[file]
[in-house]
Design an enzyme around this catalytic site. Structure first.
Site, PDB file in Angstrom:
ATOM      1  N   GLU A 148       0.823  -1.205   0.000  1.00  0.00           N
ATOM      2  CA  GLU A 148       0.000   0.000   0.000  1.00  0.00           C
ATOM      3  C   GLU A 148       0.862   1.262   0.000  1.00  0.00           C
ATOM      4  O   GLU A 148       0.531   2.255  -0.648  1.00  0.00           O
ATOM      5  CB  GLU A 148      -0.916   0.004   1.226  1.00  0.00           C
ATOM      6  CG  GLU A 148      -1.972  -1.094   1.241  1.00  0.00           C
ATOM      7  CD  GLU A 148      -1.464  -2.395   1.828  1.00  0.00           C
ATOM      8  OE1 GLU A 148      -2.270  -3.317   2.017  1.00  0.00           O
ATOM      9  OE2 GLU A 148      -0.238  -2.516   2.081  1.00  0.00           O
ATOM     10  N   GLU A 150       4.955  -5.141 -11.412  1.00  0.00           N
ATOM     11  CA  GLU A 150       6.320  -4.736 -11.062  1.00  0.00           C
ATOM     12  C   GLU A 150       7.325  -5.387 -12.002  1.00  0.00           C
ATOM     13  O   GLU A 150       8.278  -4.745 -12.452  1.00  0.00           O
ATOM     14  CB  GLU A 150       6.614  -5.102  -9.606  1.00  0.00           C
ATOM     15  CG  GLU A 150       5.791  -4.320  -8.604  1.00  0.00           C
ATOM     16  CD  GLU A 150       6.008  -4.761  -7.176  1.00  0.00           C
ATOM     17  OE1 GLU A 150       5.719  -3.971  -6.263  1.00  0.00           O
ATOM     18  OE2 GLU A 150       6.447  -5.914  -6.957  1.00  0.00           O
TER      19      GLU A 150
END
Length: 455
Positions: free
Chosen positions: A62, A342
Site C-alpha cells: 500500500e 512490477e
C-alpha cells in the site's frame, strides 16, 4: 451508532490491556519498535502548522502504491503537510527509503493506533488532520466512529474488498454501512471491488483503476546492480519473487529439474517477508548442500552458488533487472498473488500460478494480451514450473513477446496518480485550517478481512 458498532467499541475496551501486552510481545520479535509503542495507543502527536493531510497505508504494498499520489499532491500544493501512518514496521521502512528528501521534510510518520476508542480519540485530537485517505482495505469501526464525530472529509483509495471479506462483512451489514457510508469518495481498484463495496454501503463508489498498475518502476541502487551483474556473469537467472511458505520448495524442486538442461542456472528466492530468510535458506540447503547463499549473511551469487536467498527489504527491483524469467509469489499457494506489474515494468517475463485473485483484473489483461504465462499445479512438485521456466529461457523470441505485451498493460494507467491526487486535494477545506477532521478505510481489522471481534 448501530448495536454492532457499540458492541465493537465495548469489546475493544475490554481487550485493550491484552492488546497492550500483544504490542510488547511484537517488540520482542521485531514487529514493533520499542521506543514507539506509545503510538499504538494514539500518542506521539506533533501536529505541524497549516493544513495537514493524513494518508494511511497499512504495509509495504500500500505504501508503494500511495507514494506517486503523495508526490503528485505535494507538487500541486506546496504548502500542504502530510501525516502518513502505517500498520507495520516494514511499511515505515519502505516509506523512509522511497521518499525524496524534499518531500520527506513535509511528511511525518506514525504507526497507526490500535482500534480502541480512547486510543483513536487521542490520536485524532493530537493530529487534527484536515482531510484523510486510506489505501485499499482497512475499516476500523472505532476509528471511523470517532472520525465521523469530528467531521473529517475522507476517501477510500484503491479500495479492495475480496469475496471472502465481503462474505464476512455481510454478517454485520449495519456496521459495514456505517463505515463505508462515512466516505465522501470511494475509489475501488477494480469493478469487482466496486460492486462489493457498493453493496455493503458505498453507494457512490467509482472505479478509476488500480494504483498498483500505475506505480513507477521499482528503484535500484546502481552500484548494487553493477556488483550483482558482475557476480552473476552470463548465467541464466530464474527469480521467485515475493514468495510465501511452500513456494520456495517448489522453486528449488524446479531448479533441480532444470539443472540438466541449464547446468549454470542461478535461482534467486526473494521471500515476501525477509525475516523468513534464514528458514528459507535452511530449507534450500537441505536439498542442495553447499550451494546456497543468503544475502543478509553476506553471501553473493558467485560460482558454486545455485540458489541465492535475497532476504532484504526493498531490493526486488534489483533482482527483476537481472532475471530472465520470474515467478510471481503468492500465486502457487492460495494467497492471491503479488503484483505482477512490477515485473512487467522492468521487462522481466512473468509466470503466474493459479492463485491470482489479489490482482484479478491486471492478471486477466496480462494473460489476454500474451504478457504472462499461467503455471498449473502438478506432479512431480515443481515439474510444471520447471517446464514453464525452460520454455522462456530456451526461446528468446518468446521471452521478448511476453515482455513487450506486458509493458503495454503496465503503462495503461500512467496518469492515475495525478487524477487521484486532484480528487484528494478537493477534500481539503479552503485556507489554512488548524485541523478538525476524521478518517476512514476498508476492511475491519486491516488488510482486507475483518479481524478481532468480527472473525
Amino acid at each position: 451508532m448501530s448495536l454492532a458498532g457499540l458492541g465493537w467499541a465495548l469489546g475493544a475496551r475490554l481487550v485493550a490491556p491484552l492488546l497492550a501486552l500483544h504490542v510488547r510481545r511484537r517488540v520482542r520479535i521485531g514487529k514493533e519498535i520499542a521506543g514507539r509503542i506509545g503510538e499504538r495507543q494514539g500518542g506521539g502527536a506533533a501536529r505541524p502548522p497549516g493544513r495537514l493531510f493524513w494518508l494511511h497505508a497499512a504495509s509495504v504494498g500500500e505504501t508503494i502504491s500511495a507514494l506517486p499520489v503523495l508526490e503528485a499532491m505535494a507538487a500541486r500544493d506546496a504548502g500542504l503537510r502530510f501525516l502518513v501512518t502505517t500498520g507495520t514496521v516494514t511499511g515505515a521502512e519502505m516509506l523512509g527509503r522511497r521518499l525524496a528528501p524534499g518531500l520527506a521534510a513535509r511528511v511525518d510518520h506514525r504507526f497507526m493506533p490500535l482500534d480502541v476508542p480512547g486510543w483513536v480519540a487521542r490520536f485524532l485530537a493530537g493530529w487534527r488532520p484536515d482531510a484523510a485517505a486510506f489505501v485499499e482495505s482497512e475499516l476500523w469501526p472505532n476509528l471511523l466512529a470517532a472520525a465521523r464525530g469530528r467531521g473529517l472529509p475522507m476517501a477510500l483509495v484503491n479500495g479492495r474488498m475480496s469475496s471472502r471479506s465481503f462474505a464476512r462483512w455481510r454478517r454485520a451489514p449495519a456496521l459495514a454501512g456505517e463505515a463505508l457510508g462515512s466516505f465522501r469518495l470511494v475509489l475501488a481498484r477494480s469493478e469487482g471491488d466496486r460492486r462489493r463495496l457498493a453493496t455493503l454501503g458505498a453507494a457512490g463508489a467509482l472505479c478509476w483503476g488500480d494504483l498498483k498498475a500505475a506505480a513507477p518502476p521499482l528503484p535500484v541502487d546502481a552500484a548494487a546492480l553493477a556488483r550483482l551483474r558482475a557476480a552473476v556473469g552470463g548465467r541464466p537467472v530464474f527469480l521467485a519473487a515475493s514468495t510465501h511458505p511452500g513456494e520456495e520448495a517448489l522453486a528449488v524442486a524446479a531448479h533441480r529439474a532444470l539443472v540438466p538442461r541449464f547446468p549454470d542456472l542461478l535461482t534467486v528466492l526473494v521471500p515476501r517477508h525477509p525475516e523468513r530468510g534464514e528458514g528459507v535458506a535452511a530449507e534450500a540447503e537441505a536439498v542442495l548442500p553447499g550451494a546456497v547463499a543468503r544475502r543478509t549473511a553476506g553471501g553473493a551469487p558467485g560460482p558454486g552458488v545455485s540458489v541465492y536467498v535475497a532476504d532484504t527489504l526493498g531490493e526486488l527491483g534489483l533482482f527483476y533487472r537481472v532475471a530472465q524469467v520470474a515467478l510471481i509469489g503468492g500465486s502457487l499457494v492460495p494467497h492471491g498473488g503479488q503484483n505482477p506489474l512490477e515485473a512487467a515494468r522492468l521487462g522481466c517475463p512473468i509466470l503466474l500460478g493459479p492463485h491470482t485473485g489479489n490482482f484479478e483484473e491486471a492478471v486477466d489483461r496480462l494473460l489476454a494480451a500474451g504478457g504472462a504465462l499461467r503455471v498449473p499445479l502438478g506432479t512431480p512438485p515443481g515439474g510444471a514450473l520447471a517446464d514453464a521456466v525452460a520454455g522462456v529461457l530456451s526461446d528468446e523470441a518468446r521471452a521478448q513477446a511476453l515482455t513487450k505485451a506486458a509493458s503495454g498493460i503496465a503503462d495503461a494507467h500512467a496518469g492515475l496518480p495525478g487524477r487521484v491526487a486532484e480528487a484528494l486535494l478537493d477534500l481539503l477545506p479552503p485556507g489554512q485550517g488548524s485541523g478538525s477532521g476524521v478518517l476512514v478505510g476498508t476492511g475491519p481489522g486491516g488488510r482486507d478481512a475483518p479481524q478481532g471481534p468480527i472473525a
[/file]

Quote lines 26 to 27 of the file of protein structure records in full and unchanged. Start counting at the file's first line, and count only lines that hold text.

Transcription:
Chosen positions: A62, A342
Site C-alpha cells: 500500500e 512490477e